The term "post-employment economy" is getting thrown around a lot these days. It is typically used in a pejorative sense to refer to the lopsided economic recovery in the aftermath of the 2008-2009 financial crisis, whereby corporate profits and the stock market soared to record heights while unemployment remained high and many average Americans remained out of work or underemployed.
But here's the thing: the post-employment economy is not only inevitable, but it ought to be something we look forward to and embrace, not fear.
To wrap our heads around this, we need to understand the concept of "labor productivity." Simply state, labor productivity measures the real (ie inflation-adjusted) value of the goods and services that can be produced by one hour of labor. Labor productivity has gradually been rising in the Western world for centuries, but thanks a host of new technologies, most notably industrial robots and the internet, the increase in labor productivity has begun to accelerate at an ever increasing rate over the past few decades.
For most of the 20th century, the windfall of increasing labor productivity was split roughly evenly between workers and the owners of corporations. In other words, if workers were able to produce $5 more of value per hour, the workers' wages would go up by around $2.50 per hour, while the corporation's profits would increase by around $2.50. Almost everyone expected this trend to continue, and it was perfectly logical to foresee a day when labor productivity would be so high, that workers would have to work fewer and fewer hours and would have more and more time to pursue leisure and self-cultivation.
However, at least in the case of the US, a funny thing started happening around 1970, and the trend accelerated after 1980, namely, as labor productivity increased, an increasing amount of the windfall went to corporate profits and less and less went to workers in the form of increased wages. Now in 2013, for every dollar gained in labor productivity, around 97 cents go to the corporation. In other words, the corporations are capturing nearly ALL of the gains in productivity as profits. Overall, from 1973 to 2011, labor productivity grew by 80 percent, but real wages increased by less than 10 percent.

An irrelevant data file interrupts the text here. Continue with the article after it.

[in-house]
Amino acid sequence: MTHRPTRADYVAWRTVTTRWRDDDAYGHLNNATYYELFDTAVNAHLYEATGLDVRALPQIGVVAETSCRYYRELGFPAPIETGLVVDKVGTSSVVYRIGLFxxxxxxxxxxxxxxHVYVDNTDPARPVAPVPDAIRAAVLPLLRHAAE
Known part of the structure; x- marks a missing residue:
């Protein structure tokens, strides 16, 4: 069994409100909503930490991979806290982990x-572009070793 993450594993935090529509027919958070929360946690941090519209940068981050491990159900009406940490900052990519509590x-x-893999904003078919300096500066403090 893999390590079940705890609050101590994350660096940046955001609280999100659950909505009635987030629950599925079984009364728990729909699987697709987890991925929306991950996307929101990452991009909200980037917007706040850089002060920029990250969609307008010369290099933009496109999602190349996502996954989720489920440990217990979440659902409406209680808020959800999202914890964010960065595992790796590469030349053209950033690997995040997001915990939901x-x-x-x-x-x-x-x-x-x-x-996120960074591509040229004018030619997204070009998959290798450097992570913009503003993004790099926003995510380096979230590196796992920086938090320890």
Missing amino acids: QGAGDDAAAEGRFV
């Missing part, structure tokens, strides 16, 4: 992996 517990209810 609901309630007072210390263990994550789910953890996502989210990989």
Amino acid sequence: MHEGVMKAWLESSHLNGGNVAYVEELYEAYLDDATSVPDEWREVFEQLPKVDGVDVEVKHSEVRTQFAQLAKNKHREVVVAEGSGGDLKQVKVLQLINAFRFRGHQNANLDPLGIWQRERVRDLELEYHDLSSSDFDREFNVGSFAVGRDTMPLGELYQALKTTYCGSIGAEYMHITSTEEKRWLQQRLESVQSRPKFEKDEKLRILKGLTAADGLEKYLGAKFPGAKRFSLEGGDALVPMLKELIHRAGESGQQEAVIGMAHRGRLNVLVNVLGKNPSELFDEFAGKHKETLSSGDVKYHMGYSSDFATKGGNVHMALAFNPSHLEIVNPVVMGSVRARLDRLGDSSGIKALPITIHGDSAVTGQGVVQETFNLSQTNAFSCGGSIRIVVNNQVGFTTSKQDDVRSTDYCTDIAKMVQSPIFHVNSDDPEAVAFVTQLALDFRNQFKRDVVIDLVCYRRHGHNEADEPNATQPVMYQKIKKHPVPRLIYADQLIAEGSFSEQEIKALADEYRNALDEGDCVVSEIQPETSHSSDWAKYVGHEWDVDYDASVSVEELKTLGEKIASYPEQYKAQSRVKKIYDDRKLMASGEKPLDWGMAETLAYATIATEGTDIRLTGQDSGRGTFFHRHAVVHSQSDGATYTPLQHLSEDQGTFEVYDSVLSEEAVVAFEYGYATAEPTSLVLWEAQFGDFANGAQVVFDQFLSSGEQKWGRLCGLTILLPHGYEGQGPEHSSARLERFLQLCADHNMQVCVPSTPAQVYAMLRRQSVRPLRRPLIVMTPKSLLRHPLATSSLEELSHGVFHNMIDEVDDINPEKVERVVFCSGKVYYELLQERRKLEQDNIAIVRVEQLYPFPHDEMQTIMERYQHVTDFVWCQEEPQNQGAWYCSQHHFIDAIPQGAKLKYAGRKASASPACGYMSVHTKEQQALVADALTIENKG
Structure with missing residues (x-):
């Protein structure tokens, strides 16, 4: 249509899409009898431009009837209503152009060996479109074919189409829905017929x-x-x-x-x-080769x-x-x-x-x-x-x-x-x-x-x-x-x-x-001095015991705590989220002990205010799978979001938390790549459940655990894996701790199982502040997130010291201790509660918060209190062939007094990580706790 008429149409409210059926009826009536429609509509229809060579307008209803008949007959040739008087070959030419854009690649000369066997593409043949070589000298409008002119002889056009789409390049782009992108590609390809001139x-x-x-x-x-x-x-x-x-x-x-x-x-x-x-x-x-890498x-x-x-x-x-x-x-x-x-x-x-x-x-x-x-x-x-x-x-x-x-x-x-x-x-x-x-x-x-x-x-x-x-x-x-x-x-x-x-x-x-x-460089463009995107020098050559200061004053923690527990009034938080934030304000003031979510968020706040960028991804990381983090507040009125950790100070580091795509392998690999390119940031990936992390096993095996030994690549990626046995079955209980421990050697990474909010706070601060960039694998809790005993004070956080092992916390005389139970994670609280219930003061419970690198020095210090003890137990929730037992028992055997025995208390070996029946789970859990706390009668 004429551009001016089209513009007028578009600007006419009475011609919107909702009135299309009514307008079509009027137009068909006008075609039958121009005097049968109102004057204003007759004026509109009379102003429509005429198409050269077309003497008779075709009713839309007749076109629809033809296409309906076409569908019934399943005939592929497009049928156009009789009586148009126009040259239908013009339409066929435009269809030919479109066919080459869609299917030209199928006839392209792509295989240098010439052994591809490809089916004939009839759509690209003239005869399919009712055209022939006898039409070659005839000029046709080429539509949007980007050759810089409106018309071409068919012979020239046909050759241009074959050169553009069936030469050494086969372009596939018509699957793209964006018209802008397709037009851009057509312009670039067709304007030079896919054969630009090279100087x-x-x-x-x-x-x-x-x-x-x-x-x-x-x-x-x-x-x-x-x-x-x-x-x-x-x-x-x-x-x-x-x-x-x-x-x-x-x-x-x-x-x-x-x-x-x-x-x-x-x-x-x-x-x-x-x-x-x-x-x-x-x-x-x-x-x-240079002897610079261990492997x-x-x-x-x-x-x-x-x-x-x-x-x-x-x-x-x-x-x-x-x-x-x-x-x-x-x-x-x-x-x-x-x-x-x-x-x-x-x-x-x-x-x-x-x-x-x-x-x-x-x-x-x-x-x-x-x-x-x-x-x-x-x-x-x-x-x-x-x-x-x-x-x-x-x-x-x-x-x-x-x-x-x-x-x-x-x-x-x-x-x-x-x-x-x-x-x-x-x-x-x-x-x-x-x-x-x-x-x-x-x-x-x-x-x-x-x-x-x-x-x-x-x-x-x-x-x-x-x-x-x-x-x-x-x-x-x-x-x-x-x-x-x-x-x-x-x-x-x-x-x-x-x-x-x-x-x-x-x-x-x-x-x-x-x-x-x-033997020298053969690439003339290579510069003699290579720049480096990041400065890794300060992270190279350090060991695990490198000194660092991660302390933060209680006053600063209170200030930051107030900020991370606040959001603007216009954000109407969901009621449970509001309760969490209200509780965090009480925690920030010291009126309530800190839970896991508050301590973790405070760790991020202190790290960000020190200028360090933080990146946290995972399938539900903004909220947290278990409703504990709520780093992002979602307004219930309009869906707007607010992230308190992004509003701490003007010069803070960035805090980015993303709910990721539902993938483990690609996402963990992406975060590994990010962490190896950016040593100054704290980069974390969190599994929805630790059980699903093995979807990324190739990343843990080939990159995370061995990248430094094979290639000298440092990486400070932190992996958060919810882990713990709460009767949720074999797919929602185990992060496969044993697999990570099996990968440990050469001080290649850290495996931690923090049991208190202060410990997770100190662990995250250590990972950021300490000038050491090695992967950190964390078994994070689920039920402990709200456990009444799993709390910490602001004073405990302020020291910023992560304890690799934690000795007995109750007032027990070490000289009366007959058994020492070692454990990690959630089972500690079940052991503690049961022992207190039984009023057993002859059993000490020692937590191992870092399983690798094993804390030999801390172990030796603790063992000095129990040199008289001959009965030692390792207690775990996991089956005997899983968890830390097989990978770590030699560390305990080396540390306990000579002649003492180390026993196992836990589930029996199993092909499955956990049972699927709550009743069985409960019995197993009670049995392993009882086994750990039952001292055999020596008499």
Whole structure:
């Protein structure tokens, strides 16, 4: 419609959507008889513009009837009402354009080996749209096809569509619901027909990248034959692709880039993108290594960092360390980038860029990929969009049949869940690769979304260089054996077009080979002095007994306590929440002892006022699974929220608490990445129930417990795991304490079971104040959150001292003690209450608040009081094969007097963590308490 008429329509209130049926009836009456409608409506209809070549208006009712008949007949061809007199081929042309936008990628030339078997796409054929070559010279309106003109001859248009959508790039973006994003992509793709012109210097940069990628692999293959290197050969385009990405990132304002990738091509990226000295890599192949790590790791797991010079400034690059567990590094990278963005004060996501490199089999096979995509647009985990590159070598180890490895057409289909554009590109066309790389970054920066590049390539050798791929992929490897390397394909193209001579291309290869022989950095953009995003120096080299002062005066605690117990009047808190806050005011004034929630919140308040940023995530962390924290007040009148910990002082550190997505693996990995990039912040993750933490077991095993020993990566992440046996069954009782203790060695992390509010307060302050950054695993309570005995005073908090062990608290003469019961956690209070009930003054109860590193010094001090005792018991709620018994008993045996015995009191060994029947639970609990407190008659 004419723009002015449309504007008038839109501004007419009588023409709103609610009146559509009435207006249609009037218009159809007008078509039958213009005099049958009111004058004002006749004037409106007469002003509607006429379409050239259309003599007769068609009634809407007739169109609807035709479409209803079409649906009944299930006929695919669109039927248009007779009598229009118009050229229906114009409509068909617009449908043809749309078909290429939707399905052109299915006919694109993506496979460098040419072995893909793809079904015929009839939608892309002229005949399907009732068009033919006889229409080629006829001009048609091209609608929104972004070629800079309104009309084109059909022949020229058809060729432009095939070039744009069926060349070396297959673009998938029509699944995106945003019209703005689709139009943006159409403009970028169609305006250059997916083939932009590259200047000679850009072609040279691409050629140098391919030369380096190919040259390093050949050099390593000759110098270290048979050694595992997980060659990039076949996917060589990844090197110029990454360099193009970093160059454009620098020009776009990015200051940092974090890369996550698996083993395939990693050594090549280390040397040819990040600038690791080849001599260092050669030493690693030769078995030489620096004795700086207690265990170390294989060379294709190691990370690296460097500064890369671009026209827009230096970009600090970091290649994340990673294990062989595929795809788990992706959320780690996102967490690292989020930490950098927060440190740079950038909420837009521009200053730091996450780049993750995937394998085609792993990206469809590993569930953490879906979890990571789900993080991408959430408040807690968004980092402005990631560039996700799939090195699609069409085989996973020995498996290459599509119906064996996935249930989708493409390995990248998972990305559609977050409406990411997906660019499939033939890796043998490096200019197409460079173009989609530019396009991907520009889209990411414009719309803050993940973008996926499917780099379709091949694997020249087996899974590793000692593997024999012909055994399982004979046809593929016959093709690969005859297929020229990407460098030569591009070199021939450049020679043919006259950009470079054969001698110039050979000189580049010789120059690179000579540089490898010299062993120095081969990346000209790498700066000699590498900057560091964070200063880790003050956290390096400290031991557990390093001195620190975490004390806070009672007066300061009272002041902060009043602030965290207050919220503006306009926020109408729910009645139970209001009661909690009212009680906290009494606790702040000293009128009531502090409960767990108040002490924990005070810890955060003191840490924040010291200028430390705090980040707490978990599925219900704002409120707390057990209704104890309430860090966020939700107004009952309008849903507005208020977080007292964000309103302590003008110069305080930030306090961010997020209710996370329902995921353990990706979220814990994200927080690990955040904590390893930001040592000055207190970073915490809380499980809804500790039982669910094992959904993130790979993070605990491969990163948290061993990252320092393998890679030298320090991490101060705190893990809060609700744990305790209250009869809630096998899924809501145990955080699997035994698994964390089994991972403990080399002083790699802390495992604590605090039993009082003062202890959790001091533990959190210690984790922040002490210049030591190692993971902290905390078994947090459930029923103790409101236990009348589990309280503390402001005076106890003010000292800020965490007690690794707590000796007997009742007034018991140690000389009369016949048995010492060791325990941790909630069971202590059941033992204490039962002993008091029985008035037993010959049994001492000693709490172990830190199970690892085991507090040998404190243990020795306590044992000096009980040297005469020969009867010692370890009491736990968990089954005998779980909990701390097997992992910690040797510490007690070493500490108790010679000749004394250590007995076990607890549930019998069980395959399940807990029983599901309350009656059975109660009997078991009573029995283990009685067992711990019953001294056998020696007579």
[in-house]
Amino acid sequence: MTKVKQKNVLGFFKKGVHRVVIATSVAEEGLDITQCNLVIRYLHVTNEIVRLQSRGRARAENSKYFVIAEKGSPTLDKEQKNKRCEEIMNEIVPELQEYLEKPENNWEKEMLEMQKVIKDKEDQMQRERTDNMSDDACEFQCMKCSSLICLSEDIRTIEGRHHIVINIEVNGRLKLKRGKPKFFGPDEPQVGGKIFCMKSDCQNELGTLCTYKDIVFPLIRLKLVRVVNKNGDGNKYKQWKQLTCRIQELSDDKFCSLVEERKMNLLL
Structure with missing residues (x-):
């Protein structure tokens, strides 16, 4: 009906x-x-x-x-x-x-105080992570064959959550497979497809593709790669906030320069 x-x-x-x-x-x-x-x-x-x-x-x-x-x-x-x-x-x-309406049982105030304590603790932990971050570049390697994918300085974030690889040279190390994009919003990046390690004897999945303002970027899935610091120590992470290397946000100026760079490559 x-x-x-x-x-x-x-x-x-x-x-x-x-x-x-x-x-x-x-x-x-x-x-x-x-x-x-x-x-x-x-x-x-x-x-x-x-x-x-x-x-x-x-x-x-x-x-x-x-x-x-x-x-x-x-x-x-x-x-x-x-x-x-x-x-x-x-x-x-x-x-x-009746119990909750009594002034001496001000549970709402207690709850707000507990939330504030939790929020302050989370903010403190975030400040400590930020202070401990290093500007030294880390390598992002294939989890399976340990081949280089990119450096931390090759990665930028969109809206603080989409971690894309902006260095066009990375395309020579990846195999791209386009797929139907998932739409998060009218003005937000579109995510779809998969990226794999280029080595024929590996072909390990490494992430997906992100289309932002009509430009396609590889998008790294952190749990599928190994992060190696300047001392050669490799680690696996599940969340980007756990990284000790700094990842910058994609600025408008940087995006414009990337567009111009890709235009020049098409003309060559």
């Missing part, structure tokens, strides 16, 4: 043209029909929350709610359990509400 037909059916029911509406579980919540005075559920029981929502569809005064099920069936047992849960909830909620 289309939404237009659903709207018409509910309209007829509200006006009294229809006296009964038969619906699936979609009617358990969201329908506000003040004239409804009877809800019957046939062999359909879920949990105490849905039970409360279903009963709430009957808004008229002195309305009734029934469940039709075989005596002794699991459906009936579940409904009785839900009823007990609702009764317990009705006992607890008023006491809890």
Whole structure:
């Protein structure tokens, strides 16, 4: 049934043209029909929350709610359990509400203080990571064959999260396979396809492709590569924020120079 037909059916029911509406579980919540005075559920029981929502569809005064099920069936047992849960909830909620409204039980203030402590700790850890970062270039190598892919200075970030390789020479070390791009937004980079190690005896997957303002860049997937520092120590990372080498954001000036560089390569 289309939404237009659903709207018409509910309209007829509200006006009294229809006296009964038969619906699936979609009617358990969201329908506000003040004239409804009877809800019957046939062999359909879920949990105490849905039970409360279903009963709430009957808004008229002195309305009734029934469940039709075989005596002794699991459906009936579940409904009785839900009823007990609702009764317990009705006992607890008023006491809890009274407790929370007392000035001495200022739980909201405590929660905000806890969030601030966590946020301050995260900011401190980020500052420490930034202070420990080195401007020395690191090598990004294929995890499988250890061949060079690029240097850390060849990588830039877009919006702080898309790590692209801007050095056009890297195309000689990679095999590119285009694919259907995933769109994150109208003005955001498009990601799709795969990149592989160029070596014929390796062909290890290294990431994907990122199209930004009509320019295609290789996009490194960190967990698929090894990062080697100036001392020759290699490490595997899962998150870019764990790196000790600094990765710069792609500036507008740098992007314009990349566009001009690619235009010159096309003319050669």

It all shakes out to a situation where American workers are working harder than ever for longer hours with fewer benefits and getting more done in less time than ever before, yet wages are flat, working conditions continue to deteriorate, and around 17 percent of the workforce is un- or under-employed. And all this despite the fact that robots are doing more and more of our manufacturing, computers are processing more and more of our data, and the internet has been a tremendous wealth generating machine.
The problem is that all of that wealth has been flowing upward to the top 1 percent or so, many of whom have gotten egregiously rich (Oracle CEO Larry Ellison, for example, recently bought an entire one of the Hawaii'an islands, you know, just for the heck of it). But a bigger problem is that in an era when there is less and less demand for labor, Americans continue to define themselves and others by their work. Whether it's the so-called Protestant work ethic, part of the American dream, or just an old habit, most people look to their job or career to find self-worth and personal fulfillment. On the other side of the coin, rich conservatives refuse to give "handouts" to "takers" because "they didn't work for it." The most ironic part is they like to think of themselves as "job creators" in an era when the internet and robots are destroying jobs at a phenomenal rate.
The bottom line is that Americans need to redefine what success means in society. Sending nearly 100 percent of the economic growth to a minute fraction of society because they "worked harder" and "deserve it more" is not only delusional but also utterly unsustainable. The balance between labor and capital is going to get adjusted one way or another, if only because there won't be much labor left to do. Still, let's hope there's not some sort of violent uprising before then. The best, and at this point probably inevitable, solution is some sort of "basic income" scheme whereby every citizen will be paid a certain minimum income out of tax revenues. This will let artists be artists, dreamers be dreamers, volunteers be volunteers, and yes, lazy people be lazy. But a lot of social good will be created at low overall cost, and most people will still be motivated to work in order to increase their income. And even if a lot of people are not motivated to work, there will be less and less work to do anyway (assuming no Skynet or Matrix-style robot revolt), and all humans will finally be free to reach their full potential. We'll get there somehow.